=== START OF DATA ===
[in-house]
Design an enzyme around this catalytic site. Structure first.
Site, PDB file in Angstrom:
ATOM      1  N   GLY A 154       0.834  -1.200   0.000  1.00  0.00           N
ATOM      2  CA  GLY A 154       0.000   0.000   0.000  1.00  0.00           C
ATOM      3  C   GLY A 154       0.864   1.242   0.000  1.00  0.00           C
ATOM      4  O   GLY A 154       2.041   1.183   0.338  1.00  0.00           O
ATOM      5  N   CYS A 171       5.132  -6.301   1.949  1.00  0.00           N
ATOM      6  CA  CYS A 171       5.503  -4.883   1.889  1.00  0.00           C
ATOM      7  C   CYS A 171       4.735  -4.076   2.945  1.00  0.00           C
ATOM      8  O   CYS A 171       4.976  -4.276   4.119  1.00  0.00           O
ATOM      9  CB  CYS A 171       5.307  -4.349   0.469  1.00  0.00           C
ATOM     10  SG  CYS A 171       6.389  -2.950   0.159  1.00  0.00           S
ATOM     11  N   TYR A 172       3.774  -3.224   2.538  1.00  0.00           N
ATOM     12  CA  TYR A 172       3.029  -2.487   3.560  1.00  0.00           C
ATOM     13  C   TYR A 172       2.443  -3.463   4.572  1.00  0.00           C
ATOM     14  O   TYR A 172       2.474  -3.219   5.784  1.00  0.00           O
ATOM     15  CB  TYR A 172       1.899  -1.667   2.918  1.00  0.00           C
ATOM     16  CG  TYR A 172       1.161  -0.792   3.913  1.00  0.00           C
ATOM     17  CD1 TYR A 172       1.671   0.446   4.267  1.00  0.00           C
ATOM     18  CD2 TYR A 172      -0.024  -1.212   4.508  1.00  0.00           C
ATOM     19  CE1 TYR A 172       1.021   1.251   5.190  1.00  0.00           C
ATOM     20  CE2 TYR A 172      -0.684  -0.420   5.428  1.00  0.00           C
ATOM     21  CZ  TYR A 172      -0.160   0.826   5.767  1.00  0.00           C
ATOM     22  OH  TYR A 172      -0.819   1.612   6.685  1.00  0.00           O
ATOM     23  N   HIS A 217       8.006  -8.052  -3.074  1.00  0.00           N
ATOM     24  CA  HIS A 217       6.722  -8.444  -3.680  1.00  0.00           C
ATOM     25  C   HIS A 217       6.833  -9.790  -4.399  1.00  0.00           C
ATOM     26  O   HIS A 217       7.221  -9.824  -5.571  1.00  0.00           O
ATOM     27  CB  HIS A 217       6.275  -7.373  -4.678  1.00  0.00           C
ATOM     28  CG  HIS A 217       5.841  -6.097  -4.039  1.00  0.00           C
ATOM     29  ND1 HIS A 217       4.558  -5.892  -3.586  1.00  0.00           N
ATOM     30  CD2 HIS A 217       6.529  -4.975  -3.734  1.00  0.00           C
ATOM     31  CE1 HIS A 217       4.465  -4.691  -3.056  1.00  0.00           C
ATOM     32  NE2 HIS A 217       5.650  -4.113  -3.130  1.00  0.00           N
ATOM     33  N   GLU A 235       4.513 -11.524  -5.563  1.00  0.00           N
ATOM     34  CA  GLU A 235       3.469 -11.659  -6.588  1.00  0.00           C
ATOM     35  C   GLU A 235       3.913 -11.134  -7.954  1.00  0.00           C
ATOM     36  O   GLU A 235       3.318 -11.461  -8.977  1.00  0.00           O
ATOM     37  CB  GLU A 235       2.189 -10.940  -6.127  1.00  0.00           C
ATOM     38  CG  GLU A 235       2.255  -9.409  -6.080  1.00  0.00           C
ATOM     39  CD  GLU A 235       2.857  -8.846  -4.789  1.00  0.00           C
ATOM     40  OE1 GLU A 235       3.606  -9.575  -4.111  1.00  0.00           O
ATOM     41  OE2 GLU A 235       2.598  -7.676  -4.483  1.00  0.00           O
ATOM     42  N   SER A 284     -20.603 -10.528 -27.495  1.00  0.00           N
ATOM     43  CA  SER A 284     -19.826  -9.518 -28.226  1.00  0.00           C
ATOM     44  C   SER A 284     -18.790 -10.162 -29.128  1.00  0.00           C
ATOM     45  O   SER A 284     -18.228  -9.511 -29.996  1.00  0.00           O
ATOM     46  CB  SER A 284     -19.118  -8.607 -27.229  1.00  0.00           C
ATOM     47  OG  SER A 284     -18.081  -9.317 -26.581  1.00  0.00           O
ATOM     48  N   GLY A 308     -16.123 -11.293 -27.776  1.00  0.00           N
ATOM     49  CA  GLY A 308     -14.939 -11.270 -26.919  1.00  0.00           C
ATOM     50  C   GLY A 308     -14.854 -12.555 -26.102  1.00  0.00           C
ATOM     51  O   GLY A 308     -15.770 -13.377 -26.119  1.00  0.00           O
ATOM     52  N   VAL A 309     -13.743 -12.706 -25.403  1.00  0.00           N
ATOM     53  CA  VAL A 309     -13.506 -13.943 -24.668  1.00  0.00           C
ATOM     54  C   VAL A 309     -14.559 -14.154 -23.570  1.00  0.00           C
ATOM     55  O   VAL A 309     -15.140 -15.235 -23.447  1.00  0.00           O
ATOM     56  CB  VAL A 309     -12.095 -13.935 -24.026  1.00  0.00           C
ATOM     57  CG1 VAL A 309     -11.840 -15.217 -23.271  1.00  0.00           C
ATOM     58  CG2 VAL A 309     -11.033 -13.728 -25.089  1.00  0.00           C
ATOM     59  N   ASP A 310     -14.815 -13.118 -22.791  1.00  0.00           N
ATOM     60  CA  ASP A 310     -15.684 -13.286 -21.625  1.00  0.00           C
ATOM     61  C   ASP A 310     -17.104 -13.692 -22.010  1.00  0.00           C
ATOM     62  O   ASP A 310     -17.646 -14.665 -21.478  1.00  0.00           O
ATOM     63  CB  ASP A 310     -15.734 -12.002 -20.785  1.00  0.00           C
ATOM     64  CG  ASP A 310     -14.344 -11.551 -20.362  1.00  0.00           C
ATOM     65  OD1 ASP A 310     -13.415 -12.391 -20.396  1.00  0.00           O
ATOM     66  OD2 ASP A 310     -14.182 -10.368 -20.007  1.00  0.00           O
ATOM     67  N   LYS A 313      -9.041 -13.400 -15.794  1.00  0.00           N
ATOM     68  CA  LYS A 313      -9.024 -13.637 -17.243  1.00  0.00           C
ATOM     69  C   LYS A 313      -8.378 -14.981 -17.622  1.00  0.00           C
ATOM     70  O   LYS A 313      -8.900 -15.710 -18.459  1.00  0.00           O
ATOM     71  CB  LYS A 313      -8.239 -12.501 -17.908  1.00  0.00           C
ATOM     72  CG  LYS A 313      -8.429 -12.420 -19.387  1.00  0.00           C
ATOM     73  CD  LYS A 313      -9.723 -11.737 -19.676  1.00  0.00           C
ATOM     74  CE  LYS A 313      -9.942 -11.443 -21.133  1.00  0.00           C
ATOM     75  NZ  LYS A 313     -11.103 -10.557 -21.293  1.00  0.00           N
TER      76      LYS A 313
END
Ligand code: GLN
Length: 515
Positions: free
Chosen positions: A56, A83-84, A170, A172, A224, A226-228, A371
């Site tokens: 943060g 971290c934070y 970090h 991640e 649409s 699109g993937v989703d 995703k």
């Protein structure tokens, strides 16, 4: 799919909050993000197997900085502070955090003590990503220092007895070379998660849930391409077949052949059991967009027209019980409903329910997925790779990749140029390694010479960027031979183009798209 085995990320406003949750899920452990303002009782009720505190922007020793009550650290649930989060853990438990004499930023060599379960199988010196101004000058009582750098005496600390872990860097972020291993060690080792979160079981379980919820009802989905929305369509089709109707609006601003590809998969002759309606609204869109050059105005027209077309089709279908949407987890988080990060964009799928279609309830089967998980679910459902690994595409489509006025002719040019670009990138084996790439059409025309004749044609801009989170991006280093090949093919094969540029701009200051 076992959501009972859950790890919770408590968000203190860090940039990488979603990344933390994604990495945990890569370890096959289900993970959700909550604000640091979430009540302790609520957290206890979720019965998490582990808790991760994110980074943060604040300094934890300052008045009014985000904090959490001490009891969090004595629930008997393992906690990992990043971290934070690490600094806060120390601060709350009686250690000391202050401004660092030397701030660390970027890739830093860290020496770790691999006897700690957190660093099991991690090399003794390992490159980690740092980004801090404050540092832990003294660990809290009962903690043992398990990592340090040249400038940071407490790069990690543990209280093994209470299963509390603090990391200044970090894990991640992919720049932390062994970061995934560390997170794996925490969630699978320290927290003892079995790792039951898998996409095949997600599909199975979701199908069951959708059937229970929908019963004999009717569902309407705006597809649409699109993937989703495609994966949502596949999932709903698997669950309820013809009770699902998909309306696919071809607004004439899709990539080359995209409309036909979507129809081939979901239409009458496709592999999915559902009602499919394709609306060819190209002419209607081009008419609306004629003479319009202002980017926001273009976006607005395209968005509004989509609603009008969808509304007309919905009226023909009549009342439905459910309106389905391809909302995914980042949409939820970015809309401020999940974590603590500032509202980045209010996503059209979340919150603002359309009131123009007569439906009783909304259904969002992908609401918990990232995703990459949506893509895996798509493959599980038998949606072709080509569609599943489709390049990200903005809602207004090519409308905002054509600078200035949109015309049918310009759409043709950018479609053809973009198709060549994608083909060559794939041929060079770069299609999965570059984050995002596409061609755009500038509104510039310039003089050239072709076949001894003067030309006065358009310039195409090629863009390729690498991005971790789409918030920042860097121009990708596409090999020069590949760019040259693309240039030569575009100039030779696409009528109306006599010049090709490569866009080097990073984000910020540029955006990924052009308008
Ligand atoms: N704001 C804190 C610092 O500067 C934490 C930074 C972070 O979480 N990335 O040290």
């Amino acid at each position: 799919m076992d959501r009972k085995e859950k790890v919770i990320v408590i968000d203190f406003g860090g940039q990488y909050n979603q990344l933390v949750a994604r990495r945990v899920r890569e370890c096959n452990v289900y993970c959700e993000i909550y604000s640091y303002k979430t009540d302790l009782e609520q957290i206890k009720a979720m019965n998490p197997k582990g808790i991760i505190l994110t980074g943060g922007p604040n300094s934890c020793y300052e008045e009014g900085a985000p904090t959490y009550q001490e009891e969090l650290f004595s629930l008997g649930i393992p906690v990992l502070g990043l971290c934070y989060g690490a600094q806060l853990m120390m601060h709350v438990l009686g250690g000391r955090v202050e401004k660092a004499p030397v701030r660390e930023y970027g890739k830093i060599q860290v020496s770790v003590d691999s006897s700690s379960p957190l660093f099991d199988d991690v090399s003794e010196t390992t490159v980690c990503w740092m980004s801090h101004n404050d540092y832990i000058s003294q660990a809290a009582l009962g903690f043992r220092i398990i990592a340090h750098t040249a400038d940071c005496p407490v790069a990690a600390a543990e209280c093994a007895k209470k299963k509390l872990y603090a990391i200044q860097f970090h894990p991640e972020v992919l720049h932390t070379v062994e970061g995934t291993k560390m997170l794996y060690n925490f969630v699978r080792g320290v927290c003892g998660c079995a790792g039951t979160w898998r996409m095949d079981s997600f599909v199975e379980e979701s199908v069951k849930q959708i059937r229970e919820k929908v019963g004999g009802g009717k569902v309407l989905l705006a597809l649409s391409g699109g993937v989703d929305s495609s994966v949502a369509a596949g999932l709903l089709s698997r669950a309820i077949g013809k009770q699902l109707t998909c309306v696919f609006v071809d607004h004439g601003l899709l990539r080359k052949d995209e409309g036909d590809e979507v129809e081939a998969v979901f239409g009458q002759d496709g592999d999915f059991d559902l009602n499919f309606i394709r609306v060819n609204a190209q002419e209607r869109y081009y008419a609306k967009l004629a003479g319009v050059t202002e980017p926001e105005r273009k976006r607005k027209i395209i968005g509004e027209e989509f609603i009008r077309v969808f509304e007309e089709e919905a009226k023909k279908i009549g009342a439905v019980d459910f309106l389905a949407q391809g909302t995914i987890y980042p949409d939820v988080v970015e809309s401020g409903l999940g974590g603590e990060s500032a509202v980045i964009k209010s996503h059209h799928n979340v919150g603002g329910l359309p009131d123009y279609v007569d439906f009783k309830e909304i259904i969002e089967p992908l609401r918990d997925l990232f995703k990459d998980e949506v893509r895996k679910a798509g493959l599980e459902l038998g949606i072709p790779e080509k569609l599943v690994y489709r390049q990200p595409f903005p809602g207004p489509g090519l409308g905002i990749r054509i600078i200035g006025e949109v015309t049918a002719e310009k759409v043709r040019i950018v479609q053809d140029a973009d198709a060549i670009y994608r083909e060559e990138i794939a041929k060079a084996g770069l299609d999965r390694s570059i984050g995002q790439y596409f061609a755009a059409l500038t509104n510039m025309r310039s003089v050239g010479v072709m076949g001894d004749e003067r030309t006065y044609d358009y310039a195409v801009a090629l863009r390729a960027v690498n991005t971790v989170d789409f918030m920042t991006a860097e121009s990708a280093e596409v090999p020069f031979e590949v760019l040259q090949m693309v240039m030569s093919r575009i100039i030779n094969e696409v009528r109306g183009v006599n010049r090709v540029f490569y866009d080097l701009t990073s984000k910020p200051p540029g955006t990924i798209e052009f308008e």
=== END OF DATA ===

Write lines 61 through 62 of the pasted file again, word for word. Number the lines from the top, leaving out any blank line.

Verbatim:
ATOM     58  CG2 VAL A 309     -11.033 -13.728 -25.089  1.00  0.00           C
ATOM     59  N   ASP A 310     -14.815 -13.118 -22.791  1.00  0.00           N